Leading article: Why a little knowledge can be dangerous

Here is one law the police may not have expected they would have to uphold: the law of unintended consequences. Politicians, on the other hand, ought to be better acquainted with the notion, and better prepared for it.

What could be objected to about the Coalition Government's scheme to put on the internet a map of every street in England and Wales, along with the statistics on how much anti-social crime, mugging, violence and burglary has taken place in the immediate vicinity? Quite a lot, actually.

The official line from ministers is that it will give "power to the people". The scheme will be a keystone in the architecture of "Big Society" accountability. The new website will make us feel safer because – information being power – we will all be able to monitor local crime trends and do something about it.

But how? The Government says it's "about fighting crime together". The intention is not that residents should erect roadblocks at the end of their streets vigilante-style; rather that we should all contact our local beat officer or attend a public meeting. In this way, we will "drive the priorities" of the elected police commissioners who will be the Government's next innovation.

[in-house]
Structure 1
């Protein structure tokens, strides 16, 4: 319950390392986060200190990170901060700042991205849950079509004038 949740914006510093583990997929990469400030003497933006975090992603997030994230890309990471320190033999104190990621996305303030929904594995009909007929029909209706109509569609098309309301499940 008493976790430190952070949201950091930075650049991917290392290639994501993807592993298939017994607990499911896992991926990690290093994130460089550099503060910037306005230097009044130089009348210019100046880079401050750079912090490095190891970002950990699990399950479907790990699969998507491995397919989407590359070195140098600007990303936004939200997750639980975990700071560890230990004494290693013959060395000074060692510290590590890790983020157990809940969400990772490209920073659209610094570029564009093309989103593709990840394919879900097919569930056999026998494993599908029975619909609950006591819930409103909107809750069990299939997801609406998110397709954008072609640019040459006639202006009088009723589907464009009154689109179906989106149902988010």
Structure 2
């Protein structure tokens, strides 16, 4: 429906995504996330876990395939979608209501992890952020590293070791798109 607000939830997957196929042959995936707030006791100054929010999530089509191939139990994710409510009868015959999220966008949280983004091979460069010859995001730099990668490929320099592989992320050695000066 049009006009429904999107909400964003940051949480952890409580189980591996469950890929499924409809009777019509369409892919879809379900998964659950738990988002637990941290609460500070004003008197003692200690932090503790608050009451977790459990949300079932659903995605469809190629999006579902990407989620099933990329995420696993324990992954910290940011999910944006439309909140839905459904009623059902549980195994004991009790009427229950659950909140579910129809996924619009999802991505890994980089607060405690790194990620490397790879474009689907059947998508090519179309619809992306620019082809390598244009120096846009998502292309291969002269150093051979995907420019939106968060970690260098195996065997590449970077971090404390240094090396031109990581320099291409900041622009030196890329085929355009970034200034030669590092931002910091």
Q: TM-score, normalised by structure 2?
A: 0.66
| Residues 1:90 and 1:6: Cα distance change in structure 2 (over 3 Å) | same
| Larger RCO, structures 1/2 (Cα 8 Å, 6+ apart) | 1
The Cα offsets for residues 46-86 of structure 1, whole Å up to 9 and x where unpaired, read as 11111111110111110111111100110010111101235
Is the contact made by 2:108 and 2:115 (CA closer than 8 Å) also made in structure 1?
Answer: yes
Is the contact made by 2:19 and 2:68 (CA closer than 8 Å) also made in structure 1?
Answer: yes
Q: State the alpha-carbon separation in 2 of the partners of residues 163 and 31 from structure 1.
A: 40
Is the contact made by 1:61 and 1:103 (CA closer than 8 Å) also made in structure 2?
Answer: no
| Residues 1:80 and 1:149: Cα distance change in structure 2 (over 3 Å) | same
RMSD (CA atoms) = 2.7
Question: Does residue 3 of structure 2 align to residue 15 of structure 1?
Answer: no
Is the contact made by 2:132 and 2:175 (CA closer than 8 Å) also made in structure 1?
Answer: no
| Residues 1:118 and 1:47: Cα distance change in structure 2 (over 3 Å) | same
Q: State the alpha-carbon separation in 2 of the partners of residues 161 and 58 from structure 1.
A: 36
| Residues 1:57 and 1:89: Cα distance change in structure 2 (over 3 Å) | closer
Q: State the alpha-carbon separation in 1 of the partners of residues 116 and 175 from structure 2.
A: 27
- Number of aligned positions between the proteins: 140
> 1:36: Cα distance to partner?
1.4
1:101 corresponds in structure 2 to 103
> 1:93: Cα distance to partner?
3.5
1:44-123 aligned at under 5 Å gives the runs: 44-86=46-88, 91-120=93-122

Yet it is hard to see public meetings inspiring fear in the hearts of teenage hoodlums. And the Coalition's plan is likely to cause additional problems. Fear of crime could rise among the vulnerable or elderly; knowing the statistics for crime in the neighbourhood, without a proper understanding of the statistical context, might prove that a little knowledge can be a dangerous thing. It is a potential recipe for impotence and fear.

Areas could become stereotyped and stigmatised so that insurance premiums rise, house prices fall and pizza take-aways refuse to deliver or taxi drivers to pick up. The maps could also tell burglars where the crime hotspots – and police patrol cars – are to be found, allowing them to go about their breaking and entering undisturbed. The distortion of police priorities that will follow, at a time when forces' budgets are being cut, could make this gimmick positively harmful.